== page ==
Study: Serious fireworks injuries doubled after Michigan law changed

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Posted at 10:17 AM, Jul 09, 2021
and last updated 2021-07-09 10:19:46-04

(WXYZ) — A new study from Michigan Medicine states that serious fireworks injuries doubled after a law in Michigan loosened restrictions on fireworks.

RELATED: After Fourth of July marred by tragedy, should Michigan change fireworks laws?

Ten years ago, the Legislature changed the law, allowing residents to launch their own displays into the air legally.

The study shows that after the new law went into effect, the number of patients getting care for fireworks-related injuries at University of Michigan hospitals doubled.

Researchers say almost all of the increase came from a jump in injuries caused by large airborne fireworks launched from tubes called mortars, the same type that killed Columbus Blue Jackets goalie Matiss Kivlenieks over the recent July 4 holiday weekend.

The study also shows a significant increase in a specific type of injury called traumatic amputation, which could involve fingers, hands, or limbs.

The study was led by Melissa Shauver, M.P.H., when she was a research coordinator at the University of Michigan, and Kevin Chung, M.D., M.S, a U-M professor of plastic surgery and hand surgeon at Michigan Medicine, U-M’s academic medical center.

It covers the years 2005 to 2018, and examines records from patients treated at Michigan Medicine for injuries related to non-professional fireworks use.

“Since the Michigan Firework Safety Act was first proposed it has been hotly contested. However, there was no evidence to provide context to this policy debate,” said Shauver, who is now at the Feinberg School of Medicine at Northwestern University. “We knew that Michigan Medicine, as both an adult and pediatric level 1 trauma center and the home of a specialized ophthalmology emergency department, could provide this data and contribute to the assessment of this law.”

You can find key findings from the study below:

From January 2005 to December 2011, 81 patients came to U-M for fireworks-related emergency care, including 33 injured by airborne fireworks that were illegal for individuals to buy or use in the state at the time.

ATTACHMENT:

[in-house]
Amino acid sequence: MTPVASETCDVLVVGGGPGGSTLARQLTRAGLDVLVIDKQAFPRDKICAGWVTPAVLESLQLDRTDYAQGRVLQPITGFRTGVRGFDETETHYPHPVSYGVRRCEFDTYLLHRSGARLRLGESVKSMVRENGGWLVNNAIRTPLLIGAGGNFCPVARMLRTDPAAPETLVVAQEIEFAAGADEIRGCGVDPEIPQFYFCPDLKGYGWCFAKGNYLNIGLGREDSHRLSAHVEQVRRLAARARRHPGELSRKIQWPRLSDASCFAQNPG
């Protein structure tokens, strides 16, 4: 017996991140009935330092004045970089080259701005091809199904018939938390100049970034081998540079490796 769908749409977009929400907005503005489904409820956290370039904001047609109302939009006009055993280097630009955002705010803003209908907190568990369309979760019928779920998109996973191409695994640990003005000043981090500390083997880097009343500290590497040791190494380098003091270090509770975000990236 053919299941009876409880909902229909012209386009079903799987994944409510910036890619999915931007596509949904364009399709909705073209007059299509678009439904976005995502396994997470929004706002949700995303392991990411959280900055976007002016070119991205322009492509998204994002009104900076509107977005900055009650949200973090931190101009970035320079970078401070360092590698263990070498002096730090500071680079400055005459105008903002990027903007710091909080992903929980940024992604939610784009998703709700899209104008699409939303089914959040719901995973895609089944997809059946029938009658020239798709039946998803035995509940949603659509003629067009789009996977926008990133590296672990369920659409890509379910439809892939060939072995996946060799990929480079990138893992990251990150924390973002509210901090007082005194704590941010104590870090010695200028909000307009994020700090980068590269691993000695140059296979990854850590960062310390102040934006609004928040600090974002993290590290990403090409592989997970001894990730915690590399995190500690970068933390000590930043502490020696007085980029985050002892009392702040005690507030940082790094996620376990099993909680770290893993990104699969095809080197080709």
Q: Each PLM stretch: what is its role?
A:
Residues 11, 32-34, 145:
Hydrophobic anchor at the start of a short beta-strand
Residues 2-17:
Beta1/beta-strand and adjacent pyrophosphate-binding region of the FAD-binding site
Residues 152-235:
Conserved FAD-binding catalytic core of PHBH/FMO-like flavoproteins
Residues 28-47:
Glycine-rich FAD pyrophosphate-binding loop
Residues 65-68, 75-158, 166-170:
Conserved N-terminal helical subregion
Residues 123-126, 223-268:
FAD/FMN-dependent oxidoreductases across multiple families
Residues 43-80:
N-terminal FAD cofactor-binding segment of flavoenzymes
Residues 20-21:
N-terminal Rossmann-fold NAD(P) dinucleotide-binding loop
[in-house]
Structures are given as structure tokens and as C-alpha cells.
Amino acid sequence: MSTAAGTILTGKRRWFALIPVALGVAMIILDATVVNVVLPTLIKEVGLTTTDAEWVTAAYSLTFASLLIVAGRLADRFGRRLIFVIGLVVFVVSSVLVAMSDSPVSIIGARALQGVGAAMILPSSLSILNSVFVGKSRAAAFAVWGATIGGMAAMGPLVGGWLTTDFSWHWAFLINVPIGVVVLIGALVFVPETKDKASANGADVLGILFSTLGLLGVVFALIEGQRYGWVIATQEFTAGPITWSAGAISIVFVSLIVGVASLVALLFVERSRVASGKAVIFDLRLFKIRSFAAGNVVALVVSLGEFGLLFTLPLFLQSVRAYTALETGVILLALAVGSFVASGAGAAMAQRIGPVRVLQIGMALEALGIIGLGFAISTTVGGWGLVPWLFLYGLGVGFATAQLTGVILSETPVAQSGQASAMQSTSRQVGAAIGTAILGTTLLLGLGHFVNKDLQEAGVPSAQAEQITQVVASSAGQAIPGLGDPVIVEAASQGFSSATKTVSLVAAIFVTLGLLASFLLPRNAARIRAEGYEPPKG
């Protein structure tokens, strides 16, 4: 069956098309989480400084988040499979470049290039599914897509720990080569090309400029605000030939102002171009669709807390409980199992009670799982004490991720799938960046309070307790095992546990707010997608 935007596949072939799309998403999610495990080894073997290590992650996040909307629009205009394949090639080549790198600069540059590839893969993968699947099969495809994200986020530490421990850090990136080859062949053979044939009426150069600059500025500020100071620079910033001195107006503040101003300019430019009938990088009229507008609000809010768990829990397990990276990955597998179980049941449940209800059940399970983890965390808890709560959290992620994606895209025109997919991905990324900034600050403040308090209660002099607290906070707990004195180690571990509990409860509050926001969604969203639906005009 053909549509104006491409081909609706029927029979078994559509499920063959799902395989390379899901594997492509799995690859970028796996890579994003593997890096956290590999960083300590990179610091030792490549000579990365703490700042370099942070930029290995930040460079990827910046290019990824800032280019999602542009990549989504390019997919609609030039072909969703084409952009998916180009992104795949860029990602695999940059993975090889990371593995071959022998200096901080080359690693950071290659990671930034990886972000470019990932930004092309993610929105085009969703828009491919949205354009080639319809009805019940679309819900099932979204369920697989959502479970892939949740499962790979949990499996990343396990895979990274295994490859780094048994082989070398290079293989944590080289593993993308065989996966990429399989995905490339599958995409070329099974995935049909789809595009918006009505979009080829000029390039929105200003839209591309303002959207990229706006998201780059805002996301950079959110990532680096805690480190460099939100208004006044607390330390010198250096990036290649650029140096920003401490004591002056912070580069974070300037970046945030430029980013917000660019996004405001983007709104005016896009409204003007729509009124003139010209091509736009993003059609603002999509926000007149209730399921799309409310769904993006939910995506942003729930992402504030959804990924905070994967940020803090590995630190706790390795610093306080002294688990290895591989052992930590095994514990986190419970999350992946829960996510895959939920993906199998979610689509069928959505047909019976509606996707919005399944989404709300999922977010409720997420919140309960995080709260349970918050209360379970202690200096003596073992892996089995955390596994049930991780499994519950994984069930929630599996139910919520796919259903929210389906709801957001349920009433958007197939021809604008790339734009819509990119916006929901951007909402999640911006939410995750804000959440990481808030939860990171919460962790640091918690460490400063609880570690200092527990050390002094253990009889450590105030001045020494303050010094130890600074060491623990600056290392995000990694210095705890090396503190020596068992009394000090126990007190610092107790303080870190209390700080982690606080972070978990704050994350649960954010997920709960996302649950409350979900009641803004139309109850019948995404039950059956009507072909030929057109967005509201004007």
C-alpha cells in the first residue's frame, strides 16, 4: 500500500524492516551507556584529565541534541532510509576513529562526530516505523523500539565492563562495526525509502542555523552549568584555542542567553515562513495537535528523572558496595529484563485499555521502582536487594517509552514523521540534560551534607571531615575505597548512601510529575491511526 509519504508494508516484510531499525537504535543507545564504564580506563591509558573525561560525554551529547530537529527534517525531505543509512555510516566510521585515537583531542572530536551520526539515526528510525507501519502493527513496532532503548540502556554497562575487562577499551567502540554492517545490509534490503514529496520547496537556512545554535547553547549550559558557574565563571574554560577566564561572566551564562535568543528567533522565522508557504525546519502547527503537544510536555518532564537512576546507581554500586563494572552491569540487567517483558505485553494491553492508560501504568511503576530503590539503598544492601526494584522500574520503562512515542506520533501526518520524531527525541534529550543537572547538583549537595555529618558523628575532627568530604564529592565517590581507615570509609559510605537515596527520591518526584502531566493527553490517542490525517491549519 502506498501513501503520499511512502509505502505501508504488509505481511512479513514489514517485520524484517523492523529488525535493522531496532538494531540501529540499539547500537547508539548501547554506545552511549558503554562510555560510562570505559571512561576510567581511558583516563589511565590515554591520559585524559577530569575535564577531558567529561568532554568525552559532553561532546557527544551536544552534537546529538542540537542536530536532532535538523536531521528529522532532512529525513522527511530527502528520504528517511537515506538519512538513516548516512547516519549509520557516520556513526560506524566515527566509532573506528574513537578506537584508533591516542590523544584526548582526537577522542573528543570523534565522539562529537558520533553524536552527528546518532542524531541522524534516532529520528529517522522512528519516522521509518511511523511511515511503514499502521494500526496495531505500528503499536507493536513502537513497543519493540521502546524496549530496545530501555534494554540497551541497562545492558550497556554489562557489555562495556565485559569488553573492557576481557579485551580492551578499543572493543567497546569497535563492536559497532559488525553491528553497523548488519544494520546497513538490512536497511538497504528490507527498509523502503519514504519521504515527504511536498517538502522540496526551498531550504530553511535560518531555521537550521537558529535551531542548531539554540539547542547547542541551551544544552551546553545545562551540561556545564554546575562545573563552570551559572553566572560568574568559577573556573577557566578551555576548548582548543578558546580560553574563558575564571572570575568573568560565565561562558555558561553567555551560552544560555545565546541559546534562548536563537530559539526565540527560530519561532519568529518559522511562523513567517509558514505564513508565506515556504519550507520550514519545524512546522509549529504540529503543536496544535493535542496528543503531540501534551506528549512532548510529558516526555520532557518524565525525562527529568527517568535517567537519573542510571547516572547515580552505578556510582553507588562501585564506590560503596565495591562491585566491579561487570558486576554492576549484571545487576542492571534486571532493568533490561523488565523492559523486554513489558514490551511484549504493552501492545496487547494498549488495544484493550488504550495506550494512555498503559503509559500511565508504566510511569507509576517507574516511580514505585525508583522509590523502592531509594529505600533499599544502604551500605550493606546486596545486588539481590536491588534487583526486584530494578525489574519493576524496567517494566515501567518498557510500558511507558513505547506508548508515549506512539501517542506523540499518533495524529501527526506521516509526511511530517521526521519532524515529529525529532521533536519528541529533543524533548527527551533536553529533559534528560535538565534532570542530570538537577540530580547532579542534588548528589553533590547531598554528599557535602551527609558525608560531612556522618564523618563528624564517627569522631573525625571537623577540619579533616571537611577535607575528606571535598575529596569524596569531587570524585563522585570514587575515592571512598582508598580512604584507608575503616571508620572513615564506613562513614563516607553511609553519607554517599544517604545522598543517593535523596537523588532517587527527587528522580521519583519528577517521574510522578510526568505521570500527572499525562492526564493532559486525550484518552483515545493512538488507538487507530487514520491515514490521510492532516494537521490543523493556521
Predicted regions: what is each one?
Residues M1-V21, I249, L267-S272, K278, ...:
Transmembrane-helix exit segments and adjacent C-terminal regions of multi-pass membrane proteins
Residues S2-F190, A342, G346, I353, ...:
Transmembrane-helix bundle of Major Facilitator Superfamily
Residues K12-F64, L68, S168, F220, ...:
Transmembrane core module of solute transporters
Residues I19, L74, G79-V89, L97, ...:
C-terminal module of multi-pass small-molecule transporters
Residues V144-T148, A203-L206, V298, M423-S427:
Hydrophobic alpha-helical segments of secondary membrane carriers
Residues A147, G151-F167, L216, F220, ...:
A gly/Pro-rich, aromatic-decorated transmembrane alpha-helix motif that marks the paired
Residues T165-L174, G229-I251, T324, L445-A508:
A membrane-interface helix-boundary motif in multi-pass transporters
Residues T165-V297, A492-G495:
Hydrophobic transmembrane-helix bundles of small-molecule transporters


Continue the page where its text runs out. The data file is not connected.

The 2011 law, which went into effect in January 2012, was intended to counter the unregulated use of airborne fireworks purchased in states where they were legal, and to avoid the resulting tax revenue loss to the state.

From January 2012 to December 2018, the number of patients treated at Michigan Medicine for fireworks injuries rose to 160. Nearly half – 74 patients – were injured by mortars, up from 20 in the years before the law changed.

In both time periods, around 70% of the patients were transferred from other hospitals in Michigan, reflecting the seriousness of injury. Patients injured by fireworks in other states and transferred to Michigan Medicine were not included because of variation in state fireworks laws.

Even after the researchers took into account the increase in all types of emergency care at Michigan Medicine during the study period, the jump in fireworks-related injuries still held.

More than 80% of the patients arrived at U-M in June or July, with 62% coming within the two weeks surrounding July 4. Forty percent were under age 18.

The researchers also traced the long-term impacts of the fireworks injuries on the patients who received follow-up care from Michigan Medicine. While 71% of patients didn’t experience a long-term physical disability, six patients lost an eye, six others lost most of the sight in one or both eyes, six had fingers amputated, and one had a traumatic brain injury.

Chung said the trend of lasting hand injuries has continued in 2021.

“Firework injuries are common. This is a preventable injury that leads to long term consequences when the hand is blown up, which invariably ends with loss of fingers and sometimes the whole hand,” he said. “During this year’s July 4th holiday, I have had to care for patients whose lives are forever changed by firework injuries and who require a series of complex reconstruction just to preserve some semblance of hand function. The personal, economic and society consequence of this preventable injury is immeasurable.”